He called out China for the “militarization of a few rocks” in the South China Sea, suggesting countries solve their issues via a system of peaceful dispute resolution, but failed to declare that the world would not accept these man made islands as land that would allow China to control the waters. Without an escalating scale of actions to back up international law, violations will continue unabated, and international law will continue to be ignored.

Obama got in a solid dig at Russia, arguing that even though Russia’s interference in the affairs of its neighbors may have the support of the Russian people, those actions will decrease Russia’s international prestige over time. Russia will become less secure in the long run. Yet mere months ago China and Russia signed a Joint Declaration on international law, signaling that Russia’s action did not reduce prestige among some non-Western powers. If the U.S. fails to provide leadership and stand against states continually violating international law, countries like Russia and China will become more emboldened to mold the meanings of those laws and norms in the ways they see fit.

Finally, turning to the questions regarding forms of governments, Obama rightly expresses his support for representative governments that support human rights. Whether as a response to the strong man tactics of Putin, the aspirations of Trump, or the experiences of the previous eight years, Obama did something in this speech that he failed to do in his 2009 United Nations speech: he declared that he was “not neutral” in the contest between authoritarianism and liberalism. He sees a benefit in the liberal democracy and argues that the future cannot belong to the strong man. Seeing the benefit in a “liberal political order,” he argued that all states should strive for free elections, representative government, and “respect for human rights and civil society, and independent judiciaries and the rule of law.”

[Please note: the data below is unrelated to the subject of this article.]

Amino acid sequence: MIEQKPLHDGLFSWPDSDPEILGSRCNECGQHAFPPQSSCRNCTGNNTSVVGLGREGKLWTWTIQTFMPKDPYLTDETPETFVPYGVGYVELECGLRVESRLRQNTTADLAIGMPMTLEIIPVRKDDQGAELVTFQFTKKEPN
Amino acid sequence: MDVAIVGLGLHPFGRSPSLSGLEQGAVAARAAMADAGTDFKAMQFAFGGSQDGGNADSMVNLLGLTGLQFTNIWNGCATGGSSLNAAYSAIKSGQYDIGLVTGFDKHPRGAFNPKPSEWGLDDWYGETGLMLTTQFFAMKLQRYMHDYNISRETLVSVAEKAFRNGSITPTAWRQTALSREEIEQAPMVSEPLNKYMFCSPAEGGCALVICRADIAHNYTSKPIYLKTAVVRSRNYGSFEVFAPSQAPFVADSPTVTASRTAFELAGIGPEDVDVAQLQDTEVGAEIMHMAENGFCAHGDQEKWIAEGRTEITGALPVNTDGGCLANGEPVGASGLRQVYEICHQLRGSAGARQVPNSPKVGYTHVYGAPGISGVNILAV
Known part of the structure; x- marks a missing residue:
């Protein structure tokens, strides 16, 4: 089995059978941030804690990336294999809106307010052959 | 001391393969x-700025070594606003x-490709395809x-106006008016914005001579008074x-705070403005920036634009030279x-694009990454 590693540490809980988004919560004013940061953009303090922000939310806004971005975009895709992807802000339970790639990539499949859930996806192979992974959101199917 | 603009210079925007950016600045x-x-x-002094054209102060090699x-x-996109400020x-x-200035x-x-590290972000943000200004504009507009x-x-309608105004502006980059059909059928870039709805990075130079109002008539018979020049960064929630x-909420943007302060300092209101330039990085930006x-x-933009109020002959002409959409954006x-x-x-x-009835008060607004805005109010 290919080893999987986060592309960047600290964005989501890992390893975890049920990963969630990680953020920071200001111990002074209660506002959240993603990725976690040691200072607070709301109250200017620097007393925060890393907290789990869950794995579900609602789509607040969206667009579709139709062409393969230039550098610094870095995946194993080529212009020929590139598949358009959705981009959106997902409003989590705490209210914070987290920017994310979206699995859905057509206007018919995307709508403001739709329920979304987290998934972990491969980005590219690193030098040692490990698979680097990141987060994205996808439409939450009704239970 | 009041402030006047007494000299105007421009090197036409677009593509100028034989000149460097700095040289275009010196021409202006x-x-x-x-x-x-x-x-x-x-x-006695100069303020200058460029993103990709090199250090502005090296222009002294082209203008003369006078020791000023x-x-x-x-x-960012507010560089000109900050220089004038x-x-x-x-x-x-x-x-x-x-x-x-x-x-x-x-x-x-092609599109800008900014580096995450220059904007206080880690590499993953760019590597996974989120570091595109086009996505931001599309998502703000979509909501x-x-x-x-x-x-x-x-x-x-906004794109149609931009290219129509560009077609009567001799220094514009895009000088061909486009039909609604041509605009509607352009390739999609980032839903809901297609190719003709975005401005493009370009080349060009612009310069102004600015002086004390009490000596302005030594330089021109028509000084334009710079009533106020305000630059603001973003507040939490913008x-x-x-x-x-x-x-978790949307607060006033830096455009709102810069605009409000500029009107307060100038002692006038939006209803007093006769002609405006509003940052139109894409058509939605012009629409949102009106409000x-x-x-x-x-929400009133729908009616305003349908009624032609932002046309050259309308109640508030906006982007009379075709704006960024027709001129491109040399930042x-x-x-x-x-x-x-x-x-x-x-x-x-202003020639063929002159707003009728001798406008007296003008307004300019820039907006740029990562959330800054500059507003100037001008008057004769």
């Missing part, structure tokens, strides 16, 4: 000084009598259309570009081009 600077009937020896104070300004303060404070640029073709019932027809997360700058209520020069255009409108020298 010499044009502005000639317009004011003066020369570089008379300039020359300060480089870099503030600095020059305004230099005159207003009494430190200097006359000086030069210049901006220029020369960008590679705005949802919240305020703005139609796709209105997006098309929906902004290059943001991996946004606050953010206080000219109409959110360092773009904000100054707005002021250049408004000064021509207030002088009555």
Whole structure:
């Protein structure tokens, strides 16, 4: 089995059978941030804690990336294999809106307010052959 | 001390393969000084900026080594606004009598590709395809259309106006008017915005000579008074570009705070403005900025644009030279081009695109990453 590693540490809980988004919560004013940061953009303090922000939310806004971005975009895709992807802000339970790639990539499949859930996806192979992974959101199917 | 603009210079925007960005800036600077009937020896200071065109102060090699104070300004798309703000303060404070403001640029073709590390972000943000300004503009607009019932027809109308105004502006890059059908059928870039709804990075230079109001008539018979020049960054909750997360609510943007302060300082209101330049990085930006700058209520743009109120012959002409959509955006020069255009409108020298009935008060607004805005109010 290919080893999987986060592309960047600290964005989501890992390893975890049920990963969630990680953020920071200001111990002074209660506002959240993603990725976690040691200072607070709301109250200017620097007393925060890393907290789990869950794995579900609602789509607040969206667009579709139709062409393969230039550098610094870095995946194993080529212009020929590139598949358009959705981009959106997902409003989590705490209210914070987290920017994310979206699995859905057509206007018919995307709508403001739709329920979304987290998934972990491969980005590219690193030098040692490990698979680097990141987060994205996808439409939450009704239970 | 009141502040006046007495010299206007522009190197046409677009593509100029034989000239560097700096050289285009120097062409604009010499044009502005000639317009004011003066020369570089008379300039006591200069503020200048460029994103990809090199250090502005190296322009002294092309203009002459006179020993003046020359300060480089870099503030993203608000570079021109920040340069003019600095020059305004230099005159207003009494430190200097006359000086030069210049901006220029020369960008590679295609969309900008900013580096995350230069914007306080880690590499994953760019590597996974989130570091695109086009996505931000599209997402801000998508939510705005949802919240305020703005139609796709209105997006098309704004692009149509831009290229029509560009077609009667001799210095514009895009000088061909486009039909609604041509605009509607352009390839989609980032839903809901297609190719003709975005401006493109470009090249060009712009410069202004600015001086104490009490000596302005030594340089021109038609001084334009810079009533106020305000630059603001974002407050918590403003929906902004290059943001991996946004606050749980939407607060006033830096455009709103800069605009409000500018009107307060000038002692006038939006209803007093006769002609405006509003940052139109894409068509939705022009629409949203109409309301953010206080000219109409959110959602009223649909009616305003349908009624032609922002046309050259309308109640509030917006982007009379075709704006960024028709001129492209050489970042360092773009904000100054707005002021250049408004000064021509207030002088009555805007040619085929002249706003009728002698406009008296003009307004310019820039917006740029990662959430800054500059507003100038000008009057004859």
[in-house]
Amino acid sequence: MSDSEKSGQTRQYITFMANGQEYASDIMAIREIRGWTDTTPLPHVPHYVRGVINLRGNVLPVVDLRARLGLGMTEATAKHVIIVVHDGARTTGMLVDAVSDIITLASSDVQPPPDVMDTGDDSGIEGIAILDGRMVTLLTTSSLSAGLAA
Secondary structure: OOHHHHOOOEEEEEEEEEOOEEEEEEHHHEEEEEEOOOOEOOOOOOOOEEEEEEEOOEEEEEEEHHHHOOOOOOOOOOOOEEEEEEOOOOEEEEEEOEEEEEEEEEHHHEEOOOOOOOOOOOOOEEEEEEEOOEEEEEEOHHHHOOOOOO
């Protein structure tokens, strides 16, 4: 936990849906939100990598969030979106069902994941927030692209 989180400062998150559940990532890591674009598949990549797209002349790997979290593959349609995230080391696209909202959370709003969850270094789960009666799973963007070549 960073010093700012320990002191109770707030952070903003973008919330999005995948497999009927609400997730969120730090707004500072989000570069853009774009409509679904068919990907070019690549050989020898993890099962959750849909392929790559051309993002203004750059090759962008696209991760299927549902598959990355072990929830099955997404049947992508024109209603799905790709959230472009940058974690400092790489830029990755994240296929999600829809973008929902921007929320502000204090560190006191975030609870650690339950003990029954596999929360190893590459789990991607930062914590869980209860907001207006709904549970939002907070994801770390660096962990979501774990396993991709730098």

Giving lip service to the founding of the U.S. and the idea that people have “God-given rights,” Obama failed to declare that those rights are universal. However, he moves further towards a critique against repressive governments than he was willing to do in the past, explaining that the “spirit is universal” for people to desire liberty. Perhaps a U.S. president’s unequivocal declaration of the universality of the rights Americans rightfully claim are God-given should be a starting block for how the U.S. will support reforms in other states?

Obama asks us to think about the last eight years, and the major question any observer should contemplate is whether Obama’s “lead from behind” and “don’t do stupid stuff” strategies made the world a better a place. In a week where the U.S. witnessed multiple terrorist attacks and the swift collapse of the fragile Syrian ceasefire, the U.S. people and the world as a whole may not see Obama’s much touted successes and instead see a world that is less stable and more divided than it was eight years ago. Even in a speech where he envisions a world as it could be, Obama fails to set out a version of U.S. leadership to address the very challenges that he so eloquently lays out.

Megan Reiss is a PhD candidate in public policy at UT-Austin’s LBJ School of Public Affairs, where she is finishing a dissertation on presidential decision making and international security policy. She previously received a Master of Laws (LLM) with a focus on international armed conflict law.

Photo Credit: President Obama addresses the general debate of the General Assembly’s seventieth session on September 28, 2015. UN Photo by Cia Pak, via Flickr.